# What I'm Not Writing About

For the past several months (or has it been over a year?) I've been trying to orient myself in which cultures I value, which political theories I most endorse, and teaching myself truths that were once known generally but are now known to just a few.

And what I've found is at such odds with the public opinion that I don't want to write about it publicly. At least, not at length. And a lot of it I'm still shaky on. So much relies on a careful examination of history, which I have to do completely on my own, as no secondary educational institution (and probably very few if any post-secondary institutions) adequately prepares one for the task. The knowledge of history I gained growing up is completely suspect, and for the past year I've slowly been fixing that. One day when I have ample historical knowledge to have strong evidential arguments, not just strong arguments from logic, I may write about the things I'm currently thinking about.

It's interesting to find something that's very at odds with public opinion. I've also realized that "internet culture" (mainly that which exists on reddit, youtube, 4chan, tumblr, facebook, and twitter), while not equivalent to the larger offline culture, is nevertheless big enough that it counts as public opinion. Even though the internet culture is sometimes at odds with the offline culture, there are certain things the two agree on that if you disagree with can result in a bad time for you. And if the two disagree, you can still lead a happy existence. Anarchy's not so cool offline, but online anarchists are all over the place. Same with atheists. Same with furries. Criticizing the military is A-OK. What's not cool online or offline? The stuff I'm thinking about.

Talking about that stuff costs people their jobs, sometimes their careers. Nobody expects the Progressive Inquisition! Seeing it happen to someone new in real-time has convinced me that my old idea of a reputation tracker in an anarchical system would be both more effective at producing conformity and more terrible than any top-down totalitarian government decree. It can't come to pass.

I've even reconsidered my stance on defamation laws. Before I thought them only as a blemish on free speech. I still think that, but I also see that they can be useful as the only defensive weapon a victim of the inquisition may have. To take an extreme example and something I've not been thinking about, consider a situation where someone made a joke about eating babies, and other people thought he was serious, and accused him of advocating baby-eating and got him fired from his job and unable to find new work in his field. Can't defamation laws save him? He's not advocating baby-eating, it was just a joke, and anyone who calls him a baby-eater is tarnishing his reputation. He might add to his resume "by the way if you google me you'll find a bunch of stuff on how I eat babies, it's all a lie" in an effort to make sure the people that matter know the truth, but at that point a company will look at him and just say "whether it's a lie or not, this person will cause us trouble". With defamation laws, maybe he'll still be in this crappy situation, but at least perhaps he can extract a livable wage from the sum of all the people who have made it impossible for him to get one otherwise.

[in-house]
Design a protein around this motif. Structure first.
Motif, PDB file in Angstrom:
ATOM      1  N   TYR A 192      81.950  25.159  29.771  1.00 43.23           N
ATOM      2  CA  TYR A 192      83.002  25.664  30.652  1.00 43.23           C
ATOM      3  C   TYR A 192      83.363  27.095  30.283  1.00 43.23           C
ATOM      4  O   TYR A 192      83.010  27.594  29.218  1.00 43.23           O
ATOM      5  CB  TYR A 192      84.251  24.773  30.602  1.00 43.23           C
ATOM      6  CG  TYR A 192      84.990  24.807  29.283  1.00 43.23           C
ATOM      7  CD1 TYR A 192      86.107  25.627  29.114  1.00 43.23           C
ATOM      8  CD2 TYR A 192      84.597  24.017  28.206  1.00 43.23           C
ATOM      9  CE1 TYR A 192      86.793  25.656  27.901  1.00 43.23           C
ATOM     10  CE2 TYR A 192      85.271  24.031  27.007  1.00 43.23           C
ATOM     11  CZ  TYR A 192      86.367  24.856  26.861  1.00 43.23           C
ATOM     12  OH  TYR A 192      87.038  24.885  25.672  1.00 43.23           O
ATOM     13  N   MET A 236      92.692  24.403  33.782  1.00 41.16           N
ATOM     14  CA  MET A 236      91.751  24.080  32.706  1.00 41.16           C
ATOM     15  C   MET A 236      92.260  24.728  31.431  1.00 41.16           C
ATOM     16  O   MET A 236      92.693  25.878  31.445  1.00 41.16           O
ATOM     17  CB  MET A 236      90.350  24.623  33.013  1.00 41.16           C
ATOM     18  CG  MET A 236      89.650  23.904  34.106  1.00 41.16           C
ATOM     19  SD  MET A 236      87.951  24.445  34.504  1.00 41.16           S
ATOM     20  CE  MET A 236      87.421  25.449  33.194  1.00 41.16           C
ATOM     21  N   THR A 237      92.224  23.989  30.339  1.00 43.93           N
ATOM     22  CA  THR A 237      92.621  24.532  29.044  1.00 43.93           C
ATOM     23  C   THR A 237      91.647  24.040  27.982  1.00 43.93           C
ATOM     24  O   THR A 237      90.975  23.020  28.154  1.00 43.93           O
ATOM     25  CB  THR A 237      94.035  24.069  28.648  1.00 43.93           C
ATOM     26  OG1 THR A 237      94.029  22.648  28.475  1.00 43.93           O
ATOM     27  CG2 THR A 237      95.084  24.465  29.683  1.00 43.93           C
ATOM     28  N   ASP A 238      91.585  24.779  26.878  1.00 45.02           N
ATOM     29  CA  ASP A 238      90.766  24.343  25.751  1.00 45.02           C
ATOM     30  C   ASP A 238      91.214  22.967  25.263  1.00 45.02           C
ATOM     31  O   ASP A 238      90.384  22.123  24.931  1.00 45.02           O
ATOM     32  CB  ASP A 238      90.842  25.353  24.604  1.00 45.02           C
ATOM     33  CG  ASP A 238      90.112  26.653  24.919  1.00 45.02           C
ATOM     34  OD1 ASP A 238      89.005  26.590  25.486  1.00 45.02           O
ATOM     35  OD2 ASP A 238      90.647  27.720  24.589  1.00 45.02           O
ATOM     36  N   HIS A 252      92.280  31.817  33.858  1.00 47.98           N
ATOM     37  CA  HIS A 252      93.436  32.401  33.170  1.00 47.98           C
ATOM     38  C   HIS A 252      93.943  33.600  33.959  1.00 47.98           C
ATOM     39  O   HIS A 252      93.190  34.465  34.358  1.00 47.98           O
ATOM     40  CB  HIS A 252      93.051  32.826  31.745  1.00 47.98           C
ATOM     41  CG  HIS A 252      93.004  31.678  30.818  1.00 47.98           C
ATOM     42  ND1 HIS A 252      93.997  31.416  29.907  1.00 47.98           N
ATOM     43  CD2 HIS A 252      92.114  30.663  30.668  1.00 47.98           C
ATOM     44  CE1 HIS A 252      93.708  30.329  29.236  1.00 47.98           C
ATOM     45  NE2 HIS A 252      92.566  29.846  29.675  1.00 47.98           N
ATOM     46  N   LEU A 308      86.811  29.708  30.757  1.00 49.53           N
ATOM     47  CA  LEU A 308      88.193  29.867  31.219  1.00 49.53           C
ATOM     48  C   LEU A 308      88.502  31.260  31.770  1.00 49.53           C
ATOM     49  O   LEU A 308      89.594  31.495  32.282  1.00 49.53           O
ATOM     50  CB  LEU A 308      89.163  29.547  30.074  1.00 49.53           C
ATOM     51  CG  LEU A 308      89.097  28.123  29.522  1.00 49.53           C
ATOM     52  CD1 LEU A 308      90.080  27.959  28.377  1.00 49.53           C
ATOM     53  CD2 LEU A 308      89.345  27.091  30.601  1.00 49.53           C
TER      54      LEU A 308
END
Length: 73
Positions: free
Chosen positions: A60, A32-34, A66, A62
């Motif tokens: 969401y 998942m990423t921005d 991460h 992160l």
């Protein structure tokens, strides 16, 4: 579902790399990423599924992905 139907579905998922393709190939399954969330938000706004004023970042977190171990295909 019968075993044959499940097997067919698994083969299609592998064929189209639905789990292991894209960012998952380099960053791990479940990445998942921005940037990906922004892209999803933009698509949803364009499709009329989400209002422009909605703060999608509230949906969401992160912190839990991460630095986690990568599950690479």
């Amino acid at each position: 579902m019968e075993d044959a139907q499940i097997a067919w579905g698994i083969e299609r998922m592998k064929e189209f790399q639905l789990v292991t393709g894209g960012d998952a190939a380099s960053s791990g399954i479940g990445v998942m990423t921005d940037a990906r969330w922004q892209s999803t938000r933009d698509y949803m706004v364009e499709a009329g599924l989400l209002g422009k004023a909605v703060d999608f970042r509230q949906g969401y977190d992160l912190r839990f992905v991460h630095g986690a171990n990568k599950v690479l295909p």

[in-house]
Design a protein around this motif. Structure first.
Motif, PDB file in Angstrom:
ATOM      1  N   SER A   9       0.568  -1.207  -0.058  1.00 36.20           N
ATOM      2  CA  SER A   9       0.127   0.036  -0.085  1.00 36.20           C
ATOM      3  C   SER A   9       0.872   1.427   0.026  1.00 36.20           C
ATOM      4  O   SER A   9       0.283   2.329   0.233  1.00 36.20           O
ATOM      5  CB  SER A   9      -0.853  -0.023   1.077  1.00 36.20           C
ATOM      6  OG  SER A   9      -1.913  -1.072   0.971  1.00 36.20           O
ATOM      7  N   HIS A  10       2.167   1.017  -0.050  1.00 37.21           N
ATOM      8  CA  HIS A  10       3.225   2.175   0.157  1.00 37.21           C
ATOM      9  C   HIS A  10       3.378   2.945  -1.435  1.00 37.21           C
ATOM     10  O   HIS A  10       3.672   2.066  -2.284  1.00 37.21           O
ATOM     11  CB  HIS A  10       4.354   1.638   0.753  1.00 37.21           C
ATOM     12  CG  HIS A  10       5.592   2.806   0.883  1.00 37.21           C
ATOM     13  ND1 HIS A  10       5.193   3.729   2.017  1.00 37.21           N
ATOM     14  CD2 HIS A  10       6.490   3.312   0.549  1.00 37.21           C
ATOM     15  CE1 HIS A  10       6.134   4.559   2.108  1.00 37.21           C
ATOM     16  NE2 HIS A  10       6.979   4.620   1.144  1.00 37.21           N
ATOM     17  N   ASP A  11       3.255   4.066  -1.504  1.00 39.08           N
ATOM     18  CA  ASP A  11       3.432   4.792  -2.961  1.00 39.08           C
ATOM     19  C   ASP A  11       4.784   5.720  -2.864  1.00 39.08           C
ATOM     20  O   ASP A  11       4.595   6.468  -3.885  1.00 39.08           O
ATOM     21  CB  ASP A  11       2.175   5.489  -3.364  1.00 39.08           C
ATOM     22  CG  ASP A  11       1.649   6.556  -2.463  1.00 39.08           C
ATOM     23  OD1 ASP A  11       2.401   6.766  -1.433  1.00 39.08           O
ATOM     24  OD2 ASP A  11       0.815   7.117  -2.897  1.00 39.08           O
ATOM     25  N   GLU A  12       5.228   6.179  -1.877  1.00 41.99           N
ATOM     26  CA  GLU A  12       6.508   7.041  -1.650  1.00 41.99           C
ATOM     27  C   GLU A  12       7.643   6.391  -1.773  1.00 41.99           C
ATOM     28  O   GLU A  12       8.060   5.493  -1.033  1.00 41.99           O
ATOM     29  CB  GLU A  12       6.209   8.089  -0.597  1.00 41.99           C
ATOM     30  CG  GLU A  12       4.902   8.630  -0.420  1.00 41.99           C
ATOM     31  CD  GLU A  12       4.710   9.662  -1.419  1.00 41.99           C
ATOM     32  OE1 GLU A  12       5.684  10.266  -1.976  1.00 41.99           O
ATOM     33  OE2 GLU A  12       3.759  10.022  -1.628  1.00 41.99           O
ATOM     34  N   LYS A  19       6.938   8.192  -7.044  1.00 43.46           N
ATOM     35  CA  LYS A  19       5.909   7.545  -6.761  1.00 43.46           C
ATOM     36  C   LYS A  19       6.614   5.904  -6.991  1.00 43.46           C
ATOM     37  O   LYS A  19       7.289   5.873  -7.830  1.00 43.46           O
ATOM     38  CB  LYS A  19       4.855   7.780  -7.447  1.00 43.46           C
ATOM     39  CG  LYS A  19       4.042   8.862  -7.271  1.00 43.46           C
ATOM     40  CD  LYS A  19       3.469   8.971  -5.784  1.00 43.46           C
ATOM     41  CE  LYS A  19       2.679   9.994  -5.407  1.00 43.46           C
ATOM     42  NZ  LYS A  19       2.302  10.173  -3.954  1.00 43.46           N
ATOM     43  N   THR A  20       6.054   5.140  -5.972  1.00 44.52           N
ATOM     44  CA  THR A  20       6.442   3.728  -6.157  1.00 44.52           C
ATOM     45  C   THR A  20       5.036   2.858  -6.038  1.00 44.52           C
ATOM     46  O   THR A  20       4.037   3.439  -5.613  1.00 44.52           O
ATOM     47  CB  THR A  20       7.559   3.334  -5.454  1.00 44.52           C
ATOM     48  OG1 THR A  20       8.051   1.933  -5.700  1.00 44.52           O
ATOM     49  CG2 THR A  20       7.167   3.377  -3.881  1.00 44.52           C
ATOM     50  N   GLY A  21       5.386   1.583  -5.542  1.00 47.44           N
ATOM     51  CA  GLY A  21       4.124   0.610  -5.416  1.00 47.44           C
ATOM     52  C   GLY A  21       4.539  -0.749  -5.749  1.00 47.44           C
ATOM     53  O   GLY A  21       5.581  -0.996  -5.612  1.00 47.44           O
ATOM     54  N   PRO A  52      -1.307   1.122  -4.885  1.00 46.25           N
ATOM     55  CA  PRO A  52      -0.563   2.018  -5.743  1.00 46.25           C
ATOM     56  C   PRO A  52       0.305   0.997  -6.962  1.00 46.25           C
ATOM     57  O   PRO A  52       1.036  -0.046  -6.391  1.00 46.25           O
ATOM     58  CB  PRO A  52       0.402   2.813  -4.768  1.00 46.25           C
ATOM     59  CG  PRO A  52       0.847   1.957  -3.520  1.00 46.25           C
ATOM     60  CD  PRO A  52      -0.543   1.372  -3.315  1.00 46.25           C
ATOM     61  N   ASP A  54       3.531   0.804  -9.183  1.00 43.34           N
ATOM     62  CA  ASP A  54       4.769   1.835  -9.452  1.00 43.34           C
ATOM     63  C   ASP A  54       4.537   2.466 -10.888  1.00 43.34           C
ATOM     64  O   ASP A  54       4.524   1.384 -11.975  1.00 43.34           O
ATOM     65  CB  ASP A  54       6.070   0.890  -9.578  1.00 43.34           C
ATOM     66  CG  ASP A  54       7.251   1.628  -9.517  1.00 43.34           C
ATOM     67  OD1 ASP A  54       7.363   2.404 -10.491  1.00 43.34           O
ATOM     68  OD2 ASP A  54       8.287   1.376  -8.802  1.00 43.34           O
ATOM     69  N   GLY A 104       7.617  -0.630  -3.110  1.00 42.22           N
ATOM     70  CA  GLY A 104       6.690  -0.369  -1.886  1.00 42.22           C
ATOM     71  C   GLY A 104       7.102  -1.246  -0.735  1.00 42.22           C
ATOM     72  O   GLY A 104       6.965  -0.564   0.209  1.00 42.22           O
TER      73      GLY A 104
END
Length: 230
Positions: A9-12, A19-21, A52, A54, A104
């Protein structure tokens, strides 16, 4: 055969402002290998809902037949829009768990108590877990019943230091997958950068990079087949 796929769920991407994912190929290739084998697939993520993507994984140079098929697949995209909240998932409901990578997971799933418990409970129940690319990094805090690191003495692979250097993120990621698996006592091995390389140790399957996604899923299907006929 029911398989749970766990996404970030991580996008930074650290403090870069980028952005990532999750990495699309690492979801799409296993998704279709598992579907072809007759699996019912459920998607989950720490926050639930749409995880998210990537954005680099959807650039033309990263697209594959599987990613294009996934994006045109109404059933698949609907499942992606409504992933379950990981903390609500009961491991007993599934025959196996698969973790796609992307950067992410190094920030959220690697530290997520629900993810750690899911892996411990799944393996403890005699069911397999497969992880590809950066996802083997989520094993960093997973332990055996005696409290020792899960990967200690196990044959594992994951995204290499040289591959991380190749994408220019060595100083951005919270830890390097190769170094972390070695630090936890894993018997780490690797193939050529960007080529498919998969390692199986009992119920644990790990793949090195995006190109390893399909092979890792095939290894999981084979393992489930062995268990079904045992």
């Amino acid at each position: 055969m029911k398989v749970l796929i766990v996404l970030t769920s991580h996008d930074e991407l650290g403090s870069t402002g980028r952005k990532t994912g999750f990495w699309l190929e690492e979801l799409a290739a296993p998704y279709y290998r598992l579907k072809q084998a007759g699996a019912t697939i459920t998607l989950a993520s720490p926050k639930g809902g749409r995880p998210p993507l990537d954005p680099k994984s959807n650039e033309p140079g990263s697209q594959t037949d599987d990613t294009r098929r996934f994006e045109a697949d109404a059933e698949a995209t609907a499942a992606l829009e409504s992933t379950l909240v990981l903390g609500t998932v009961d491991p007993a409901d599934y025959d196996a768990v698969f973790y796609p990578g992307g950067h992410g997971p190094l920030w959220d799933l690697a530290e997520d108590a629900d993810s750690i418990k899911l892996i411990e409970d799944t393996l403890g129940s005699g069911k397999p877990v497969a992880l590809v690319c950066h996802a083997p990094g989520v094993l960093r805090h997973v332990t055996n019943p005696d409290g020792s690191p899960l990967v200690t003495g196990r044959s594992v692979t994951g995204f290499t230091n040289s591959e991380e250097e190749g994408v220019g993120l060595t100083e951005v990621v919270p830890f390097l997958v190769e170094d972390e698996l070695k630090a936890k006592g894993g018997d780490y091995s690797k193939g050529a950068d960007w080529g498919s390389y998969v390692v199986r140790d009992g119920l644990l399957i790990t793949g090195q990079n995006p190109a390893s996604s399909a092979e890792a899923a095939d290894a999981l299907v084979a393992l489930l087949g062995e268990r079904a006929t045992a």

There are people braver than I who speak out. One day I may join them. Right now, I just want to get through the section of my life I'm going through and stabilize a bit. Right now, I feel at the mercy of certain elements of society. I feel that if I piss off the wrong people in the wrong way, my future could indeed be bleak. When I no longer feel threatened financially by society, online or offline, I may again write publicly about whatever I'm thinking. Of course, it's not too hard to guess what I'm thinking about, and I do discuss things in less-public, less-permanently-archived places, but at least on my blog I have some plausible deniability in case the inquisition comes knocking.

I have been thinking about other things, of course, but I've lacked the motivation to write about them. I have been motivated to write about personal topics, but again I have anxieties about what it might do to my immediate future should such information be so easily accessible. (Very little of my entire being is in hiding, but a lot of it is only loosely connected and so to the casual observer I can be boring, either of the plain or mysterious variety -- which is what I want, because it is the casual observers whom I have most reason to fear. They do not read, they do not think, they take pleasure from destruction. I'm forced to interact with them for now, but I want the contact to be as minimal as possible.) I suspect in a year or two I will feel a lot more financially secure, and I can again return to writing about whatever. Over the next few months I'll try to write about programming-related things because I think those will maximize the outcomes of my immediate future. Will I follow-through? Maybe, maybe not. I've not been feeling too excited about programming lately, and shoveling pig shit at a farm commune sounds less offensive than it used to...

What have I been up to recently? School, mostly. The workload isn't too bad, but it's sucking away all my creative energy. This whole year has been kind of bad for me, creatively. But as I wrote about recently, it's almost over...

#### Posted on 2013-10-26 by Jach

Tags: personal, philosophy

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